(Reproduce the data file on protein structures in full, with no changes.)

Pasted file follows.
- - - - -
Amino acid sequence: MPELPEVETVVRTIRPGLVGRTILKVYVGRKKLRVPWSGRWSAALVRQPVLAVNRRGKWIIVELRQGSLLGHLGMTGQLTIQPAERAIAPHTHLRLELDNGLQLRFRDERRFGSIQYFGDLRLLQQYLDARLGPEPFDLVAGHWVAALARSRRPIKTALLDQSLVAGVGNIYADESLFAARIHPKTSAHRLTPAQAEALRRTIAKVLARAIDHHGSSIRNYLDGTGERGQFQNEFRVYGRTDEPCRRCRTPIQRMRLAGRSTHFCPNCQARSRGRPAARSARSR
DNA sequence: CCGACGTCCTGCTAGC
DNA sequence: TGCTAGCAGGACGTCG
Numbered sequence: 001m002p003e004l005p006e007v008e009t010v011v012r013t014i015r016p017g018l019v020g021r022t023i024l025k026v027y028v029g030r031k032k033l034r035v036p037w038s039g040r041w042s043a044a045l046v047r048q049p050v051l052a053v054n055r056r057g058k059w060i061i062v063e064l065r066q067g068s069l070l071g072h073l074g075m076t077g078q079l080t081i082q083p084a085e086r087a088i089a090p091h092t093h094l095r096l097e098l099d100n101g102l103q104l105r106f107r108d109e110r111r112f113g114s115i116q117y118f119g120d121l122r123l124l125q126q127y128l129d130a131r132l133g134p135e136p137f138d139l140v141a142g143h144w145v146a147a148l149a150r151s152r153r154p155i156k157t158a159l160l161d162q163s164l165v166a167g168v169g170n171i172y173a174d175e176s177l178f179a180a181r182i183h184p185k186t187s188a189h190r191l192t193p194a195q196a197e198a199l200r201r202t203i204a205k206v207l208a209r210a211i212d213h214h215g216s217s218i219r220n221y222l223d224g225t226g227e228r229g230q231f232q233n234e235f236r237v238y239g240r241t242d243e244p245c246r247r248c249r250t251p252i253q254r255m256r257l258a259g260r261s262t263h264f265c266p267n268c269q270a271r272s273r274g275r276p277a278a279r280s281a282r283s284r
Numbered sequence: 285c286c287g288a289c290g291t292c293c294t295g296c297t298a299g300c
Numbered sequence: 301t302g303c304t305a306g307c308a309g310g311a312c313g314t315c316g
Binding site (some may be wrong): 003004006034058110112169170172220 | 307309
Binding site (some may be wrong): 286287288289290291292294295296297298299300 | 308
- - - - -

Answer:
Amino acid sequence: MPELPEVETVVRTIRPGLVGRTILKVYVGRKKLRVPWSGRWSAALVRQPVLAVNRRGKWIIVELRQGSLLGHLGMTGQLTIQPAERAIAPHTHLRLELDNGLQLRFRDERRFGSIQYFGDLRLLQQYLDARLGPEPFDLVAGHWVAALARSRRPIKTALLDQSLVAGVGNIYADESLFAARIHPKTSAHRLTPAQAEALRRTIAKVLARAIDHHGSSIRNYLDGTGERGQFQNEFRVYGRTDEPCRRCRTPIQRMRLAGRSTHFCPNCQARSRGRPAARSARSR
DNA sequence: CCGACGTCCTGCTAGC
DNA sequence: TGCTAGCAGGACGTCG
Numbered sequence: 001m002p003e004l005p006e007v008e009t010v011v012r013t014i015r016p017g018l019v020g021r022t023i024l025k026v027y028v029g030r031k032k033l034r035v036p037w038s039g040r041w042s043a044a045l046v047r048q049p050v051l052a053v054n055r056r057g058k059w060i061i062v063e064l065r066q067g068s069l070l071g072h073l074g075m076t077g078q079l080t081i082q083p084a085e086r087a088i089a090p091h092t093h094l095r096l097e098l099d100n101g102l103q104l105r106f107r108d109e110r111r112f113g114s115i116q117y118f119g120d121l122r123l124l125q126q127y128l129d130a131r132l133g134p135e136p137f138d139l140v141a142g143h144w145v146a147a148l149a150r151s152r153r154p155i156k157t158a159l160l161d162q163s164l165v166a167g168v169g170n171i172y173a174d175e176s177l178f179a180a181r182i183h184p185k186t187s188a189h190r191l192t193p194a195q196a197e198a199l200r201r202t203i204a205k206v207l208a209r210a211i212d213h214h215g216s217s218i219r220n221y222l223d224g225t226g227e228r229g230q231f232q233n234e235f236r237v238y239g240r241t242d243e244p245c246r247r248c249r250t251p252i253q254r255m256r257l258a259g260r261s262t263h264f265c266p267n268c269q270a271r272s273r274g275r276p277a278a279r280s281a282r283s284r
Numbered sequence: 285c286c287g288a289c290g291t292c293c294t295g296c297t298a299g300c
Numbered sequence: 301t302g303c304t305a306g307c308a309g310g311a312c313g314t315c316g
Binding site (some may be wrong): 003004006034058110112169170172220 | 307309
Binding site (some may be wrong): 286287288289290291292294295296297298299300 | 308